Do I have a wart on my foot?

What is a wart?

A wart is caused by a viral infection known as the human papillomavirus (HPV).  Warts are characterised by a growth of raised hard skin and they can generally be found on the hands and feet. Warts also have little black spots within the skin. They have the ability to get bigger and even multiply.

How did I get a wart?

The virus that causes a wart can enter your body through cuts and breaks in the skin. People who are immunocompromised are more likely to develop warts, as their body is less likely to recognise the virus as foreign.

Common places that people pick up the HP virus are communal areas where you are barefoot, for example swimming pools, communal showers and gyms.

What treatments are available? 

Your Podiatrist can help with a variety of wart treatments. All treatments involve debriding the non-viable tissue initiallly. The rate at which your wart progresses depends on the size and length of time you have have had the wart.

The 3 most effective treatments are:

  • Needling – Your Podiatrist will administer a local anaesthetic and once the area is numb, they will puncture the wart with a small needle multiple times which you will not be able to feel. This process aims at initiating an immune response. Generally 1-2 treatments are required. This treatment is one of our most successful.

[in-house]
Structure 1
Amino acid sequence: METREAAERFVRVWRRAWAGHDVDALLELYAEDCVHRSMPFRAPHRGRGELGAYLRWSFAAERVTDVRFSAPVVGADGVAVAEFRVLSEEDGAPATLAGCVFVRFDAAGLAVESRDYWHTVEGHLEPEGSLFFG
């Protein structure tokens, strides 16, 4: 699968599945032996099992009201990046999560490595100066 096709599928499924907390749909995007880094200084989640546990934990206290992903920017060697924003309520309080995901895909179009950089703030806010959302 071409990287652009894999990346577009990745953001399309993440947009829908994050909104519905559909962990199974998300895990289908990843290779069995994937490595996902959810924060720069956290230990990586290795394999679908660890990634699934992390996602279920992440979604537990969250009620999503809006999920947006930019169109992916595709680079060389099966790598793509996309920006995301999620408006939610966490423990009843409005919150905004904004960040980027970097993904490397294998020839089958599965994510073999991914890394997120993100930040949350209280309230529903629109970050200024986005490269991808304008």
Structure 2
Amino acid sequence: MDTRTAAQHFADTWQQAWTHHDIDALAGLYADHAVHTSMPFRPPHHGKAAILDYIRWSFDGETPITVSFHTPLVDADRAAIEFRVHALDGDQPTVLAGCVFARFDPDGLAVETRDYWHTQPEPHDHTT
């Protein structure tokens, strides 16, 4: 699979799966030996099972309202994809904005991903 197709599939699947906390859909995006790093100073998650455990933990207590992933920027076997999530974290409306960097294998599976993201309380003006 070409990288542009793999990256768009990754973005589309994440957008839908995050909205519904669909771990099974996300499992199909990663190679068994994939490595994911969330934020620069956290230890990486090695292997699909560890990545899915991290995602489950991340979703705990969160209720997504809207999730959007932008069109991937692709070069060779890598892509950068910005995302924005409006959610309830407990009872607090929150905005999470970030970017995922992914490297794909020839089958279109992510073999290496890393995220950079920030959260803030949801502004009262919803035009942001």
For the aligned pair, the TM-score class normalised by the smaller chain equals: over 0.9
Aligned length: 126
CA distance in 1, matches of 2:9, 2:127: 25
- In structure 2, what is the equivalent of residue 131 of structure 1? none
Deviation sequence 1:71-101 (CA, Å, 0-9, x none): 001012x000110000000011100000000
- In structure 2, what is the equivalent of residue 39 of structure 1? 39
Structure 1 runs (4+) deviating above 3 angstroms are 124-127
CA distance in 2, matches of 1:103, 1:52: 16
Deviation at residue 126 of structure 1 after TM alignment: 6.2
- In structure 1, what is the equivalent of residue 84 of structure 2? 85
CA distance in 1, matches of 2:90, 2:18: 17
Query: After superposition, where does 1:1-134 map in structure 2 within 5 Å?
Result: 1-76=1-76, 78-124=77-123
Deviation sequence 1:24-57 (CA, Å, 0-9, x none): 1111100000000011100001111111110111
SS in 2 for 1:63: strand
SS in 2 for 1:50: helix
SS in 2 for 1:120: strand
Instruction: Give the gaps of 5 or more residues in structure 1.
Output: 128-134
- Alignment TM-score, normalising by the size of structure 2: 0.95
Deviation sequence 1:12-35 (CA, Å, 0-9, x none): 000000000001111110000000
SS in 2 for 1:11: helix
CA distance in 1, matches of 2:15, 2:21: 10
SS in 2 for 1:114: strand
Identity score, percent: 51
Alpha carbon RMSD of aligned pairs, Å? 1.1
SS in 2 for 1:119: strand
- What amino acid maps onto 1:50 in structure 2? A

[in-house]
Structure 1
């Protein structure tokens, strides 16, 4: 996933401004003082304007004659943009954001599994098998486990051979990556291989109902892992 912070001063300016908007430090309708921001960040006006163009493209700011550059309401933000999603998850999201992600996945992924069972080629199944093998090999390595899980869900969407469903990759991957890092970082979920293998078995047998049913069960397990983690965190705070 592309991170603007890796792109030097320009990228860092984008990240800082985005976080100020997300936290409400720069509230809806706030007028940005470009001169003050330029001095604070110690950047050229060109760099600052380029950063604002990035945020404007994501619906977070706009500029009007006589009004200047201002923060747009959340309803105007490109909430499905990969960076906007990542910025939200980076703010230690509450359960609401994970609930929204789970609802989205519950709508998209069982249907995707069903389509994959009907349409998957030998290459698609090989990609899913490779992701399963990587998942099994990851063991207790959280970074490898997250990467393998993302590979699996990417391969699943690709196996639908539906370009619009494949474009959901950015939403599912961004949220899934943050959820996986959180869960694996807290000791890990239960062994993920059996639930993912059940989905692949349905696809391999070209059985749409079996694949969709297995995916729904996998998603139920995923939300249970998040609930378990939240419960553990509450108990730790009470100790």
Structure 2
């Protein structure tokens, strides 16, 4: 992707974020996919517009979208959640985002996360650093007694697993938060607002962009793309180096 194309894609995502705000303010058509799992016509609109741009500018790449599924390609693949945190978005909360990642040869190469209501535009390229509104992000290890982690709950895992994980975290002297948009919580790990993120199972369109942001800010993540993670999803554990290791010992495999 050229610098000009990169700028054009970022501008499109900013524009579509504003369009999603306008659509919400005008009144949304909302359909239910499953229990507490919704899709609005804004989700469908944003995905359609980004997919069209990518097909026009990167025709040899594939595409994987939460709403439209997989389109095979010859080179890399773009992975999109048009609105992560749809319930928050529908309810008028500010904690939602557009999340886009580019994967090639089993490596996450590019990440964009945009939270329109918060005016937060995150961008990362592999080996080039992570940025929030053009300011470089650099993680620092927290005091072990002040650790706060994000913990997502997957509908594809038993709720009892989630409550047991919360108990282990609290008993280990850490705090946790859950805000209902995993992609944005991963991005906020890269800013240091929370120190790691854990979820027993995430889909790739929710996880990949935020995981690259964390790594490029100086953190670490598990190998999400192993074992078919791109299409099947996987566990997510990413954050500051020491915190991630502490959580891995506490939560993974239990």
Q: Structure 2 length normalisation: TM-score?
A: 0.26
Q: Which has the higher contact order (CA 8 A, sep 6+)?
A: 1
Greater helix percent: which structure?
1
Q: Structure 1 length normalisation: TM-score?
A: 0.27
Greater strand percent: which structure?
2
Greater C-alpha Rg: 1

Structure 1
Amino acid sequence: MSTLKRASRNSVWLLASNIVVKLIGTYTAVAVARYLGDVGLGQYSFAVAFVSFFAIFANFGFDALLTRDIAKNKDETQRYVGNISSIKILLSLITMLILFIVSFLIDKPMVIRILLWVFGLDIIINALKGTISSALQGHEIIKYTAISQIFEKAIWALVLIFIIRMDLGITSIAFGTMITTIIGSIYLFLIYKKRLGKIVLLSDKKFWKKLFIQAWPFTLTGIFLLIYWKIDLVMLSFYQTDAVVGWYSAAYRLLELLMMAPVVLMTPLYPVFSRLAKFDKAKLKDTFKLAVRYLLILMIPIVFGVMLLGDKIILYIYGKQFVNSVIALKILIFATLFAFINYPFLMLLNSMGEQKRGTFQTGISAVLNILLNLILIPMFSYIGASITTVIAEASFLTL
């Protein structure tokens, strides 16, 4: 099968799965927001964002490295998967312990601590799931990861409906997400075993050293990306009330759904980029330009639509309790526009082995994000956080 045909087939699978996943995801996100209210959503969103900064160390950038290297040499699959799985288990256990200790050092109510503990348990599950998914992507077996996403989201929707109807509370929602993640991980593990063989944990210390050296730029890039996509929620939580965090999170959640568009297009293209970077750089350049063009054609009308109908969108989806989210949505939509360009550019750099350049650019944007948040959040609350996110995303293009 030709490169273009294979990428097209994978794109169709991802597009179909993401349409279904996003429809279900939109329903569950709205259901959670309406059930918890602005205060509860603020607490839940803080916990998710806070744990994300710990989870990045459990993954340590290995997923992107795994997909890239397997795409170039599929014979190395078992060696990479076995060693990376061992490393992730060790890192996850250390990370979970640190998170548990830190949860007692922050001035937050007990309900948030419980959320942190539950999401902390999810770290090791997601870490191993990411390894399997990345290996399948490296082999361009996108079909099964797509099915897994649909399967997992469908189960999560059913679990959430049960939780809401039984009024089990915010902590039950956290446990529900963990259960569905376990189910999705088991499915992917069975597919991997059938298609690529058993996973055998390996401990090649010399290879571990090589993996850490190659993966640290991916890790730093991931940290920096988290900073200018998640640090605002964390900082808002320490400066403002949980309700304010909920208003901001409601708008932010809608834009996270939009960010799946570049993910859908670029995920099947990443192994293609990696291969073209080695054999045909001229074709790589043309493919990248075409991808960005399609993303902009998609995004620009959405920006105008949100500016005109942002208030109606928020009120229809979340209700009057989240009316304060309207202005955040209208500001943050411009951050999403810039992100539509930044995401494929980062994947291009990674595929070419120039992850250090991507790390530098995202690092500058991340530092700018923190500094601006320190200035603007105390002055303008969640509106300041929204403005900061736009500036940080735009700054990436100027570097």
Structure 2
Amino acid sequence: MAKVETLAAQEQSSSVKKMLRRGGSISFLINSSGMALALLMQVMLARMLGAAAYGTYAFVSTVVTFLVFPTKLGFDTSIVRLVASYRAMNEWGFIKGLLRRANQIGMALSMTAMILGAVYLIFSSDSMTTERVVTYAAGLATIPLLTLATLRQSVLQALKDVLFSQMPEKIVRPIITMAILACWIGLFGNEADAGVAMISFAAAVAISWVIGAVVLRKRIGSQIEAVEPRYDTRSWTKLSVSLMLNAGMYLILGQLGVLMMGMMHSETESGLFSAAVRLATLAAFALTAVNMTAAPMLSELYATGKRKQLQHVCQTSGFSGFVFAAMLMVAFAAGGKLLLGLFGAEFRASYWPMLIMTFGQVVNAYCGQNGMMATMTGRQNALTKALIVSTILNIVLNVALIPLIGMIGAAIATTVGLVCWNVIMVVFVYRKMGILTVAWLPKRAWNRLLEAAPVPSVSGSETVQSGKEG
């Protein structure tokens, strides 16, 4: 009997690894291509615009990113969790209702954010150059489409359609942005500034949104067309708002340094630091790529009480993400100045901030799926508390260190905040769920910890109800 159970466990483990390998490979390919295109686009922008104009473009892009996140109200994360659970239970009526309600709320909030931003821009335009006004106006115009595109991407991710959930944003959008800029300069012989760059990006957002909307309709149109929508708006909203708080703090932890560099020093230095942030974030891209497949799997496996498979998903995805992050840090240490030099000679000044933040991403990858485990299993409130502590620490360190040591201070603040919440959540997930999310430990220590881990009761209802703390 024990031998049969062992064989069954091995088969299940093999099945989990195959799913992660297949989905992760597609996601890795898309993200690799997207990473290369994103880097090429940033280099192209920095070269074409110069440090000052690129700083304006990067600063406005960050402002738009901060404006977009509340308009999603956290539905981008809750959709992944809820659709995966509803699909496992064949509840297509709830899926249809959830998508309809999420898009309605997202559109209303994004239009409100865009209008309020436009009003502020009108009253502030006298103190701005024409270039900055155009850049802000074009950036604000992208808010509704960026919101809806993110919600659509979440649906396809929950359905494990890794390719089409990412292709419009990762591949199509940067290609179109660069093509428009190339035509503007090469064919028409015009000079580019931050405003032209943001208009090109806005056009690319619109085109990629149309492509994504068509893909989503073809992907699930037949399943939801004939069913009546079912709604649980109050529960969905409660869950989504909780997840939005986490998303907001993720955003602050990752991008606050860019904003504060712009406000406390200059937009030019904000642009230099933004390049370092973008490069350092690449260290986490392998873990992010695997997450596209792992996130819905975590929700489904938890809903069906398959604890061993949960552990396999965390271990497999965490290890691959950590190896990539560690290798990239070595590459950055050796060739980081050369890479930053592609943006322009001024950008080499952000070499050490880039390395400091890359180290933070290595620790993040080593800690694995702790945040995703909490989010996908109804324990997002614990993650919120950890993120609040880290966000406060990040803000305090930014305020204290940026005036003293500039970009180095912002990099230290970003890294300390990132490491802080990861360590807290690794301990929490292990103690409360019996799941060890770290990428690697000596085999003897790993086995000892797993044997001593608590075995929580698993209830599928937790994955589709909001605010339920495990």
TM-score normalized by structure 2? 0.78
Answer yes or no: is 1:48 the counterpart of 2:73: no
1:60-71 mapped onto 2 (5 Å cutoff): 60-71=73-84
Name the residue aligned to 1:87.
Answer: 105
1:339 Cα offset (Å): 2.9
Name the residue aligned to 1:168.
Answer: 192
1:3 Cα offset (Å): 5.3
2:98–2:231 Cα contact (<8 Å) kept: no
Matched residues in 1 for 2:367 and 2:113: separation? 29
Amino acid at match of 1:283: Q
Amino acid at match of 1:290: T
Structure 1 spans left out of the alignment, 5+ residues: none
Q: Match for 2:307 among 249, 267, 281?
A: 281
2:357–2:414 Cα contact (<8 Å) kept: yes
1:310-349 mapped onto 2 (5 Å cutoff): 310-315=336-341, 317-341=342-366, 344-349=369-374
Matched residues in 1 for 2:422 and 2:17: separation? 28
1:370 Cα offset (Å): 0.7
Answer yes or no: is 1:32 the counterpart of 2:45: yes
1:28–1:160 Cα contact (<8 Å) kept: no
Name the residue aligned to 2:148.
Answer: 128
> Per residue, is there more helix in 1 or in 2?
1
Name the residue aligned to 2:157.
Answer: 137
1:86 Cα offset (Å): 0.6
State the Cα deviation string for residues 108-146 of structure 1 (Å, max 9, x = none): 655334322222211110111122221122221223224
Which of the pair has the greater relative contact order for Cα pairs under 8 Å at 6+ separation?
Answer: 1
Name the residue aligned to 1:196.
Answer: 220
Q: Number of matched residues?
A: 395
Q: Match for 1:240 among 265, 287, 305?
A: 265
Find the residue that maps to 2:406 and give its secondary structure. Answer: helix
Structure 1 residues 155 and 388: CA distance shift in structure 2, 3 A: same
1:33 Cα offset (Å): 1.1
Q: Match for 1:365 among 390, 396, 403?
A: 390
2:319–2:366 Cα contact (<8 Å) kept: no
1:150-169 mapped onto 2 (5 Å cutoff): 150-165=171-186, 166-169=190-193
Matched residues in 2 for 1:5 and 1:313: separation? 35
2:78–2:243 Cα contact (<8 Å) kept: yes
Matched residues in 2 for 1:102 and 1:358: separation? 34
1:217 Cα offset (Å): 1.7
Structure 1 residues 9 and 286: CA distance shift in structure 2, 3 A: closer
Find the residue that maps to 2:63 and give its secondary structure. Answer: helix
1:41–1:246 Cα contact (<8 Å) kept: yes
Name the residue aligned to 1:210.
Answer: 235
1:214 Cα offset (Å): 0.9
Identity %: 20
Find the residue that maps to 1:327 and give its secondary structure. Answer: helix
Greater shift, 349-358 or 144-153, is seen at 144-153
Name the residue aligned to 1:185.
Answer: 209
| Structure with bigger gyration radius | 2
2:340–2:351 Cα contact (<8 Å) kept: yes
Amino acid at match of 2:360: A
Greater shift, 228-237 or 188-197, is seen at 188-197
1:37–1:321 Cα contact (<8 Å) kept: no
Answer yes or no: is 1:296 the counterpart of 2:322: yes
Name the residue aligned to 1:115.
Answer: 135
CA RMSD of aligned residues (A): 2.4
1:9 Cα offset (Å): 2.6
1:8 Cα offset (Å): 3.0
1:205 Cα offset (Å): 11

• Salicylic acid – A Past is applied to the wart and left in place for around 4-5 days. This treatment aims to reduce the number of infected skin cells and promote the immune response to form new cells. This will generally requires 3-4 treatments.
  • Silver nitrate – A liquid is applied to the wart, turning the skin a black colour. This treatment cauterizes the skin cells and promotes the production of new cells. This will generally requires 3-4 treatments.

BEFORE                                              AFTER

BEFORE                                               AFTER

 

Can I get another wart after I have treated one?

There are many different strains of the HPV, not all will cause plantar warts. However it is possible to be reinfected with a different strain of the virus.

Our recommendation is to avoid being barefoot in communal areas where possible. Wearing thongs in a communal wet space is a common and easy preventative measure. Treating a wart as soon as it arises usually has the quickest and most effective results.

If you have any questions, please feel free to send me an email or to book an appointment online, click here.

Marney Cowell

marney@torquaysmc.com.au